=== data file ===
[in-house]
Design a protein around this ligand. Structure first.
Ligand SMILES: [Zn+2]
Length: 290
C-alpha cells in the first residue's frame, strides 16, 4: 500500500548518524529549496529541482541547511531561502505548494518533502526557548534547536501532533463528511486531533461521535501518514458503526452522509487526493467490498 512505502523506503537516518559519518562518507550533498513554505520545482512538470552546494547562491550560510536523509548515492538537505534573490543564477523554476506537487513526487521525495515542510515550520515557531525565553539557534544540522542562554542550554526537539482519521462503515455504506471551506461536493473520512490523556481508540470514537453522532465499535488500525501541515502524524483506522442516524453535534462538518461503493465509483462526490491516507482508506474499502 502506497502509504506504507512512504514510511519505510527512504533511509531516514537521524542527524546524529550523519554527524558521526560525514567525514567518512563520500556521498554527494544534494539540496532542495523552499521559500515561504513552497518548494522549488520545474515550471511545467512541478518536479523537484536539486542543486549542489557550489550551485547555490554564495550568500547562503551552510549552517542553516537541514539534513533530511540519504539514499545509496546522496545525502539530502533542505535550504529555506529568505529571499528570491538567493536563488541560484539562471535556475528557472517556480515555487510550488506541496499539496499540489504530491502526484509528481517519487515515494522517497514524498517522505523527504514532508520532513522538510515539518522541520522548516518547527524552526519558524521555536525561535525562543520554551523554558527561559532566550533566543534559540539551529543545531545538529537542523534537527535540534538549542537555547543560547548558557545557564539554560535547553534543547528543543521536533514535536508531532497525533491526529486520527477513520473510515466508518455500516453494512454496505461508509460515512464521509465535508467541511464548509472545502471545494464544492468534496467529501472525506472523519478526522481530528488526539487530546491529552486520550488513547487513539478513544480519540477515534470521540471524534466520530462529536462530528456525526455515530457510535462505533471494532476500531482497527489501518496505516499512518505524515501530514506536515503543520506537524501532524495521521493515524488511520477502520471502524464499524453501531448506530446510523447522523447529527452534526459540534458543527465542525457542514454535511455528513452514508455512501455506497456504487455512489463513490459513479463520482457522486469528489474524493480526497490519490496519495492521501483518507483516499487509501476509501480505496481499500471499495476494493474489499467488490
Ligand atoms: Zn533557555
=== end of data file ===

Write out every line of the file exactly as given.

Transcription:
[in-house]
Design a protein around this ligand. Structure first.
Ligand SMILES: [Zn+2]
Length: 290
C-alpha cells in the first residue's frame, strides 16, 4: 500500500548518524529549496529541482541547511531561502505548494518533502526557548534547536501532533463528511486531533461521535501518514458503526452522509487526493467490498 512505502523506503537516518559519518562518507550533498513554505520545482512538470552546494547562491550560510536523509548515492538537505534573490543564477523554476506537487513526487521525495515542510515550520515557531525565553539557534544540522542562554542550554526537539482519521462503515455504506471551506461536493473520512490523556481508540470514537453522532465499535488500525501541515502524524483506522442516524453535534462538518461503493465509483462526490491516507482508506474499502 502506497502509504506504507512512504514510511519505510527512504533511509531516514537521524542527524546524529550523519554527524558521526560525514567525514567518512563520500556521498554527494544534494539540496532542495523552499521559500515561504513552497518548494522549488520545474515550471511545467512541478518536479523537484536539486542543486549542489557550489550551485547555490554564495550568500547562503551552510549552517542553516537541514539534513533530511540519504539514499545509496546522496545525502539530502533542505535550504529555506529568505529571499528570491538567493536563488541560484539562471535556475528557472517556480515555487510550488506541496499539496499540489504530491502526484509528481517519487515515494522517497514524498517522505523527504514532508520532513522538510515539518522541520522548516518547527524552526519558524521555536525561535525562543520554551523554558527561559532566550533566543534559540539551529543545531545538529537542523534537527535540534538549542537555547543560547548558557545557564539554560535547553534543547528543543521536533514535536508531532497525533491526529486520527477513520473510515466508518455500516453494512454496505461508509460515512464521509465535508467541511464548509472545502471545494464544492468534496467529501472525506472523519478526522481530528488526539487530546491529552486520550488513547487513539478513544480519540477515534470521540471524534466520530462529536462530528456525526455515530457510535462505533471494532476500531482497527489501518496505516499512518505524515501530514506536515503543520506537524501532524495521521493515524488511520477502520471502524464499524453501531448506530446510523447522523447529527452534526459540534458543527465542525457542514454535511455528513452514508455512501455506497456504487455512489463513490459513479463520482457522486469528489474524493480526497490519490496519495492521501483518507483516499487509501476509501480505496481499500471499495476494493474489499467488490
Ligand atoms: Zn533557555